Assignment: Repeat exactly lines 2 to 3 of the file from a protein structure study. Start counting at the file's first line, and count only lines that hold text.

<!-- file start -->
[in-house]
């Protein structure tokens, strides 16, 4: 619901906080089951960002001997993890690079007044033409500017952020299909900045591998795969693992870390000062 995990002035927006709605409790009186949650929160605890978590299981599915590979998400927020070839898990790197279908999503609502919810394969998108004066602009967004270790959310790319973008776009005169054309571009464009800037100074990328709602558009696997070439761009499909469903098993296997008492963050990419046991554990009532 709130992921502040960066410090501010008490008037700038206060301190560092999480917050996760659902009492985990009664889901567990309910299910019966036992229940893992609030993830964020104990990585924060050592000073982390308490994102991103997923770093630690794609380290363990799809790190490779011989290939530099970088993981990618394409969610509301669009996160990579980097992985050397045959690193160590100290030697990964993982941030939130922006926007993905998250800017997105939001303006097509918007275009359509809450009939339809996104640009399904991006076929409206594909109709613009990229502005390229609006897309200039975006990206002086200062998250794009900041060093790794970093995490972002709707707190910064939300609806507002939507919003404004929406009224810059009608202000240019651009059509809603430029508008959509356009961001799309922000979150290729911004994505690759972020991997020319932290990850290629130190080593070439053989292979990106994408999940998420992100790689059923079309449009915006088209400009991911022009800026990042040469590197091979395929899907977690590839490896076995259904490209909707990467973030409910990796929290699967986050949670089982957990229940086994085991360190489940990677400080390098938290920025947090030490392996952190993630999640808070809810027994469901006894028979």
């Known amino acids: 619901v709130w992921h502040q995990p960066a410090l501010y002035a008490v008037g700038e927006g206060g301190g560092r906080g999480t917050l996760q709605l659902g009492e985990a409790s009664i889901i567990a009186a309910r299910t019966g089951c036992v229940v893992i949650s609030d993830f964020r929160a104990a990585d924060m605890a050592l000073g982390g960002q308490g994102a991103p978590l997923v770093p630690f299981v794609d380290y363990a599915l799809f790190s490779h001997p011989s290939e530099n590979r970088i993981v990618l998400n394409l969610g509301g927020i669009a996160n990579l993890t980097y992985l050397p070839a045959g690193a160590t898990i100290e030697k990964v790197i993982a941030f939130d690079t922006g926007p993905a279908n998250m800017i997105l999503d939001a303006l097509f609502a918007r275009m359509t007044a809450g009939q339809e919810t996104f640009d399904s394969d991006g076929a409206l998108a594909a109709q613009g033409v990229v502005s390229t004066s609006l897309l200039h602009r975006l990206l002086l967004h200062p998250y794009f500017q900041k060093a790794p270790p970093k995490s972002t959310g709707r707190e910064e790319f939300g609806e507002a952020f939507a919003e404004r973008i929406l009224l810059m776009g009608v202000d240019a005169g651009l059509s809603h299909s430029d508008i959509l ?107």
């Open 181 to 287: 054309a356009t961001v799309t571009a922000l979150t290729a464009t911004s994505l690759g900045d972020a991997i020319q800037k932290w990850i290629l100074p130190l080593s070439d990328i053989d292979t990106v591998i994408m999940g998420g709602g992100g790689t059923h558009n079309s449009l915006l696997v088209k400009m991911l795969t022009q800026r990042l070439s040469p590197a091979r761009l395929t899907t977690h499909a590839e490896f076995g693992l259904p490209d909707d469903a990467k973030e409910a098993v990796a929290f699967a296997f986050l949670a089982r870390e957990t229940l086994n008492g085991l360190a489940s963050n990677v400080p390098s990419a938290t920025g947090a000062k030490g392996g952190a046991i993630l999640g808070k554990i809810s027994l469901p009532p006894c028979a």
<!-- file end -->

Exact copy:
């Protein structure tokens, strides 16, 4: 619901906080089951960002001997993890690079007044033409500017952020299909900045591998795969693992870390000062 995990002035927006709605409790009186949650929160605890978590299981599915590979998400927020070839898990790197279908999503609502919810394969998108004066602009967004270790959310790319973008776009005169054309571009464009800037100074990328709602558009696997070439761009499909469903098993296997008492963050990419046991554990009532 709130992921502040960066410090501010008490008037700038206060301190560092999480917050996760659902009492985990009664889901567990309910299910019966036992229940893992609030993830964020104990990585924060050592000073982390308490994102991103997923770093630690794609380290363990799809790190490779011989290939530099970088993981990618394409969610509301669009996160990579980097992985050397045959690193160590100290030697990964993982941030939130922006926007993905998250800017997105939001303006097509918007275009359509809450009939339809996104640009399904991006076929409206594909109709613009990229502005390229609006897309200039975006990206002086200062998250794009900041060093790794970093995490972002709707707190910064939300609806507002939507919003404004929406009224810059009608202000240019651009059509809603430029508008959509356009961001799309922000979150290729911004994505690759972020991997020319932290990850290629130190080593070439053989292979990106994408999940998420992100790689059923079309449009915006088209400009991911022009800026990042040469590197091979395929899907977690590839490896076995259904490209909707990467973030409910990796929290699967986050949670089982957990229940086994085991360190489940990677400080390098938290920025947090030490392996952190993630999640808070809810027994469901006894028979």
């Known amino acids: 619901v709130w992921h502040q995990p960066a410090l501010y002035a008490v008037g700038e927006g206060g301190g560092r906080g999480t917050l996760q709605l659902g009492e985990a409790s009664i889901i567990a009186a309910r299910t019966g089951c036992v229940v893992i949650s609030d993830f964020r929160a104990a990585d924060m605890a050592l000073g982390g960002q308490g994102a991103p978590l997923v770093p630690f299981v794609d380290y363990a599915l799809f790190s490779h001997p011989s290939e530099n590979r970088i993981v990618l998400n394409l969610g509301g927020i669009a996160n990579l993890t980097y992985l050397p070839a045959g690193a160590t898990i100290e030697k990964v790197i993982a941030f939130d690079t922006g926007p993905a279908n998250m800017i997105l999503d939001a303006l097509f609502a918007r275009m359509t007044a809450g009939q339809e919810t996104f640009d399904s394969d991006g076929a409206l998108a594909a109709q613009g033409v990229v502005s390229t004066s609006l897309l200039h602009r975006l990206l002086l967004h200062p998250y794009f500017q900041k060093a790794p270790p970093k995490s972002t959310g709707r707190e910064e790319f939300g609806e507002a952020f939507a919003e404004r973008i929406l009224l810059m776009g009608v202000d240019a005169g651009l059509s809603h299909s430029d508008i959509l ?107």